1. The process is helped if a boy goes through puberty two or more years earlier or later than his peers (Berger, 2019). This can promote early criminal activity, early sexual activity, and the near-certain failure of at least one subject in his first year of high school.
  1. When a boy goes through puberty and his brain physically restructures itself (prunes and myelinates), his social brain development may be unguided by positive adult role models. This will have negative effects on his social cognition, social dominance, perspective taking, development of a moral code, and risk-reward analysis. If a boy has lots of screen time, particularly porn, this will allow his brain, which is physically restructuring, to structure his developing sexual self in relationship to a screen. That way he will have more health issues when he is older because he will become socially isolated and even more of a loner. Social isolation is more damaging to one’s health than smoking 15 cigarettes a day, and, on average, socially isolated people die 10 years earlier than their peers. The attachment to porn will also make it more difficult for him to have a sexual relationship in real life, which means that he will experience more failure and rejection. This often means he will become angrier. Anger is a fabulous chemical. It gives energy (amphetamine), and it numbs the pain (analgesic). As he develops more anger, it is important for him to “target” a group to receive his anger.
  1. Mass shootings are more likely if a student has had a loss or perceived loss. The FBI reports that over 90% of mass shooters identify a loss or perceived loss prior to committing their murders. The mass shooter in Santa Fe, Texas, was humiliated by a girl in a very public setting. The mass shooter in Uvalde, Texas, was not going to graduate from high school.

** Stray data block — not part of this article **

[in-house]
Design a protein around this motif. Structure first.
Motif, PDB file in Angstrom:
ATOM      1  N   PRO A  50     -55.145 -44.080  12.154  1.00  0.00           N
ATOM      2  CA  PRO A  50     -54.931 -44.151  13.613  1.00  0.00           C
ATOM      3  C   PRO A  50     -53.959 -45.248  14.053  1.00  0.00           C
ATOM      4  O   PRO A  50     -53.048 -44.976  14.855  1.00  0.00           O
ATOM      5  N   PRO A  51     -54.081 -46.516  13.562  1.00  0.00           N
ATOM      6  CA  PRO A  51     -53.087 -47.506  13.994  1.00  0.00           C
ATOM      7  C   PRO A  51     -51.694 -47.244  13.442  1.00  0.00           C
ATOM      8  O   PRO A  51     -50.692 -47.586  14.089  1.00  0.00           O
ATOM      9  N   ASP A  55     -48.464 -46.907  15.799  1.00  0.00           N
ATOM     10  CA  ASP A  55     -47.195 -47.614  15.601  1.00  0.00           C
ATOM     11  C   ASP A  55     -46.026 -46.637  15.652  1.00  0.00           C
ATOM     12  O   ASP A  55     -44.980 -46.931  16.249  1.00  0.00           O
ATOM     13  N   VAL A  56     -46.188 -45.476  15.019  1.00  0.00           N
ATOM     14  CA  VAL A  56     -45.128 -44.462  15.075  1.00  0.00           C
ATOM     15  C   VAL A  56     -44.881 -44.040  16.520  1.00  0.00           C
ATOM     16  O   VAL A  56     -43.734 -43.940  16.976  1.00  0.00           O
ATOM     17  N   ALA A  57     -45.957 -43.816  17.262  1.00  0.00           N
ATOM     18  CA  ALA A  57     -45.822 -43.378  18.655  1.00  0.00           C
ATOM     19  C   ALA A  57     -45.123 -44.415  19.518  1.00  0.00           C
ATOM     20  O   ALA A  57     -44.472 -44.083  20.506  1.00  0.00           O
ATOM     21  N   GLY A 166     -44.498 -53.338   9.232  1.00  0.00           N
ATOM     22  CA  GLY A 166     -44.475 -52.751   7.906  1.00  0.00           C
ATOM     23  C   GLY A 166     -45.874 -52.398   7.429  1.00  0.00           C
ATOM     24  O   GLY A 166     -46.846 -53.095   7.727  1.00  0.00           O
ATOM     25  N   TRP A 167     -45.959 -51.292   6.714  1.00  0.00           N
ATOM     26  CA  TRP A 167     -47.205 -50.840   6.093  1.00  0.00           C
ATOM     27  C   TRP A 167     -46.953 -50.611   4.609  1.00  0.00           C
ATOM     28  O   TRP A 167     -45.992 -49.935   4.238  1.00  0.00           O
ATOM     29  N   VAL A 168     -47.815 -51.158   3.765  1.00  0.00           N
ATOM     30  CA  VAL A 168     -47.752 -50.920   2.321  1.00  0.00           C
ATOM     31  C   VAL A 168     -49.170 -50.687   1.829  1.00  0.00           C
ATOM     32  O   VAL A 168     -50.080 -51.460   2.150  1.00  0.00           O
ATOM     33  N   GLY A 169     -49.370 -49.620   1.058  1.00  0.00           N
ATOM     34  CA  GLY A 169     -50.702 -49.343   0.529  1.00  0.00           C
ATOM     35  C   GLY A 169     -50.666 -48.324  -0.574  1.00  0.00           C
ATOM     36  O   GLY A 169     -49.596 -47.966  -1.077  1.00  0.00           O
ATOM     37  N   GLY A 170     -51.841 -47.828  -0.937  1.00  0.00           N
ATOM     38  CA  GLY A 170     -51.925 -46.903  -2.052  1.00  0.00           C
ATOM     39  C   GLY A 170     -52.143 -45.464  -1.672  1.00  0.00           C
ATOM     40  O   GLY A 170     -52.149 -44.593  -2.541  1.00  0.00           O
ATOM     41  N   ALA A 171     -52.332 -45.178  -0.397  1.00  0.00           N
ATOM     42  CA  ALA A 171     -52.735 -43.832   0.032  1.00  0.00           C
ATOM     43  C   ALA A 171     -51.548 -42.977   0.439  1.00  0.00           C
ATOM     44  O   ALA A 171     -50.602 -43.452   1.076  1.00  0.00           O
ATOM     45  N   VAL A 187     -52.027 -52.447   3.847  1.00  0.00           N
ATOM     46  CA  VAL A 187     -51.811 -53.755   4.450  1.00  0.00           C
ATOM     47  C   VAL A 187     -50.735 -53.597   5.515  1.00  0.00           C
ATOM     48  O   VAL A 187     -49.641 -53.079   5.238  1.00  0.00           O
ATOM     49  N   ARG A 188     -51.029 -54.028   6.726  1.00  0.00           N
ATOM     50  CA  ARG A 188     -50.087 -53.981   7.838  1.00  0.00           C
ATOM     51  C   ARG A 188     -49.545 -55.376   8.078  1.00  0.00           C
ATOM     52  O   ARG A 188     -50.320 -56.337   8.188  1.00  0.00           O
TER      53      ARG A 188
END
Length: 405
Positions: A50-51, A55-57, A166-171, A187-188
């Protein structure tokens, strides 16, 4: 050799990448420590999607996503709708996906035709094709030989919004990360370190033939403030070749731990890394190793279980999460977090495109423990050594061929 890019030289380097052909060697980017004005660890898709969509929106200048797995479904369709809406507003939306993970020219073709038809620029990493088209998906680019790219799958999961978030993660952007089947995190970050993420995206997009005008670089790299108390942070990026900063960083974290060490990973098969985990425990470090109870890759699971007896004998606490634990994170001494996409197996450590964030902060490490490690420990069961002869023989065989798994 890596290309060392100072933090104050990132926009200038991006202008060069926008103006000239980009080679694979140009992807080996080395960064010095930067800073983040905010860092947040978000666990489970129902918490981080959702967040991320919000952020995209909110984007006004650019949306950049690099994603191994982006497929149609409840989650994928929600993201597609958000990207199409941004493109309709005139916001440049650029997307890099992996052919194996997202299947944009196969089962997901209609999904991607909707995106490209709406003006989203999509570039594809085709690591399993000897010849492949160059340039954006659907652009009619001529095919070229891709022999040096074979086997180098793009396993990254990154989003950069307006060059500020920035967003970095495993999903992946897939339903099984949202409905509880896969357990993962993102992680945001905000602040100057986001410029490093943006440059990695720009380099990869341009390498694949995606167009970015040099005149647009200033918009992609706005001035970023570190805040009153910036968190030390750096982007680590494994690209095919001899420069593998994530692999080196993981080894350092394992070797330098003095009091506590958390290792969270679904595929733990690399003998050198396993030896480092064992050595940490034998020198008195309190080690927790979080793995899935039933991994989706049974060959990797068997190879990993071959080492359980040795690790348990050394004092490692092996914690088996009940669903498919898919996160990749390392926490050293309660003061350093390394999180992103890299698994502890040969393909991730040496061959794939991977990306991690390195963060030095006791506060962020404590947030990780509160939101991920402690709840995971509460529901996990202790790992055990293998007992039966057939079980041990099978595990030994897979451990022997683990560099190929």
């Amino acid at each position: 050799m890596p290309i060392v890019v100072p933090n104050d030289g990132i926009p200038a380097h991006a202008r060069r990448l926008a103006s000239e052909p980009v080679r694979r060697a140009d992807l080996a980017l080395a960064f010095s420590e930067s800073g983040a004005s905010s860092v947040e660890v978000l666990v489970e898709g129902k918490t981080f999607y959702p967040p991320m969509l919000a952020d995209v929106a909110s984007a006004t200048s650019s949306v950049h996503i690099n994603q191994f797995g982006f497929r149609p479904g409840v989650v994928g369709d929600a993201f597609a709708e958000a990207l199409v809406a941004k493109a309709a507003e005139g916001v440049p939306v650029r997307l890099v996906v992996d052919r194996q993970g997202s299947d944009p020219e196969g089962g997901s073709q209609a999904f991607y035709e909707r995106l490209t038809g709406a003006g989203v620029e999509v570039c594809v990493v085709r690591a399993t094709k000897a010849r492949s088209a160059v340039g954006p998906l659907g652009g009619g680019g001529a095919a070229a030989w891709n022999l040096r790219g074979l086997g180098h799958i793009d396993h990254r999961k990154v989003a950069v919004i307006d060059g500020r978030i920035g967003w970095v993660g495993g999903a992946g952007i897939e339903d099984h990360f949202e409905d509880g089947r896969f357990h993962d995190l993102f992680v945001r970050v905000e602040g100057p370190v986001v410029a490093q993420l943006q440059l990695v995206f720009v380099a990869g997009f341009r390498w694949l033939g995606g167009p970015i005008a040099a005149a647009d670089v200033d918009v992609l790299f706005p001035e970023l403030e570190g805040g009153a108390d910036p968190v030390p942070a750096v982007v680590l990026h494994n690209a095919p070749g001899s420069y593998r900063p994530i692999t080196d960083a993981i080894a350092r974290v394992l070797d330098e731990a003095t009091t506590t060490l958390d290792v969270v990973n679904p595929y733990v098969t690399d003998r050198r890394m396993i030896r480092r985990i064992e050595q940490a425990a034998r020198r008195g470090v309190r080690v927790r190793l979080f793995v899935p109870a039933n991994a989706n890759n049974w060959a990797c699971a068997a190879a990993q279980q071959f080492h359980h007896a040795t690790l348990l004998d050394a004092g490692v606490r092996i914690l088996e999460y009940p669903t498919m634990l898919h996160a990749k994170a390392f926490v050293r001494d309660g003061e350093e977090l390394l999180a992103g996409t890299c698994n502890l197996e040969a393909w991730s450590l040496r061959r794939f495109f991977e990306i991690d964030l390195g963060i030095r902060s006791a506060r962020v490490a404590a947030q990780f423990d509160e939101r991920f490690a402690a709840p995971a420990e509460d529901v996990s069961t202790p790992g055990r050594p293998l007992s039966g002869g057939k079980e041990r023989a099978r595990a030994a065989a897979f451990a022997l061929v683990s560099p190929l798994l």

1. The more frequently a potential mass shooter goes through the below emotional processes without any interventions or supports from nurturing, caring adults, the more likely that violence will be a result. According to research about adverse childhood experiences, a nurturing, caring adult is the most protective factor any human can have.

This graphic is from the book Emotional Poverty in All Demographics, available from www.ahaprocess.com.

  1. If the hands of law enforcement and educators are tied so that nothing can be done until a boy “does something,” then the opportunity is prime. Without red flag laws, it is more difficult to stop the carnage. 
  1. The experiences of shame, humiliation, trauma, aloneness, and little respect are often part of the pathway to violence. As Peterson and Densley identify, it is actually a suicide for the shooter because he almost always dies (i.e., people will know who I am before I die). If my life has no value, then other peoples’ lives have no value either.


What Can We Do to Reduce Mass Shootings in Schools?